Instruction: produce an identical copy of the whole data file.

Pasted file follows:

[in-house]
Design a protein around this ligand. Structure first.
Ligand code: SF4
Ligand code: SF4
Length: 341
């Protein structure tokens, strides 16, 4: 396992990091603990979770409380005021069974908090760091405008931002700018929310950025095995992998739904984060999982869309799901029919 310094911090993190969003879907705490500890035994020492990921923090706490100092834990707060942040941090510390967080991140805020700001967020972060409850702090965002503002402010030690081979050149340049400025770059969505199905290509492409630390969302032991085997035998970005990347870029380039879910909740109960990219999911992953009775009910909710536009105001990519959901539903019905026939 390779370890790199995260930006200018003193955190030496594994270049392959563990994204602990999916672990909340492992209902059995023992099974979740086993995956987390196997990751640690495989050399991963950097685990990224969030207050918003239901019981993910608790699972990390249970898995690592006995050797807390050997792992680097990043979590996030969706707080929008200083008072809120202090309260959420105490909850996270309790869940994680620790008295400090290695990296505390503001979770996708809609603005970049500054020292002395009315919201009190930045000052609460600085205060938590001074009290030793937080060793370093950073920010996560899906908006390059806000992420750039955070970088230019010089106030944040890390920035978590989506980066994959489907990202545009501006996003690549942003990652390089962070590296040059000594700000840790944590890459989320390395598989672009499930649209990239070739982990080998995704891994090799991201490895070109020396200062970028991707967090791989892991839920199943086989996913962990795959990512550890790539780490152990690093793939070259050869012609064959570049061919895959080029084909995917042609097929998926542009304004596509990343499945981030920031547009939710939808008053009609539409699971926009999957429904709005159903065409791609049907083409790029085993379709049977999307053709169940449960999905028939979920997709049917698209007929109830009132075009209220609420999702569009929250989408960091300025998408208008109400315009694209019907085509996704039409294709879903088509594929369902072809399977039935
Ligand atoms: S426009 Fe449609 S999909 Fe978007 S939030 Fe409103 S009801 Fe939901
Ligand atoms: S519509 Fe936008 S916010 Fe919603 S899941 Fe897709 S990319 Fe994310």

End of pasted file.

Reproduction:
[in-house]
Design a protein around this ligand. Structure first.
Ligand code: SF4
Ligand code: SF4
Length: 341
């Protein structure tokens, strides 16, 4: 396992990091603990979770409380005021069974908090760091405008931002700018929310950025095995992998739904984060999982869309799901029919 310094911090993190969003879907705490500890035994020492990921923090706490100092834990707060942040941090510390967080991140805020700001967020972060409850702090965002503002402010030690081979050149340049400025770059969505199905290509492409630390969302032991085997035998970005990347870029380039879910909740109960990219999911992953009775009910909710536009105001990519959901539903019905026939 390779370890790199995260930006200018003193955190030496594994270049392959563990994204602990999916672990909340492992209902059995023992099974979740086993995956987390196997990751640690495989050399991963950097685990990224969030207050918003239901019981993910608790699972990390249970898995690592006995050797807390050997792992680097990043979590996030969706707080929008200083008072809120202090309260959420105490909850996270309790869940994680620790008295400090290695990296505390503001979770996708809609603005970049500054020292002395009315919201009190930045000052609460600085205060938590001074009290030793937080060793370093950073920010996560899906908006390059806000992420750039955070970088230019010089106030944040890390920035978590989506980066994959489907990202545009501006996003690549942003990652390089962070590296040059000594700000840790944590890459989320390395598989672009499930649209990239070739982990080998995704891994090799991201490895070109020396200062970028991707967090791989892991839920199943086989996913962990795959990512550890790539780490152990690093793939070259050869012609064959570049061919895959080029084909995917042609097929998926542009304004596509990343499945981030920031547009939710939808008053009609539409699971926009999957429904709005159903065409791609049907083409790029085993379709049977999307053709169940449960999905028939979920997709049917698209007929109830009132075009209220609420999702569009929250989408960091300025998408208008109400315009694209019907085509996704039409294709879903088509594929369902072809399977039935
Ligand atoms: S426009 Fe449609 S999909 Fe978007 S939030 Fe409103 S009801 Fe939901
Ligand atoms: S519509 Fe936008 S916010 Fe919603 S899941 Fe897709 S990319 Fe994310």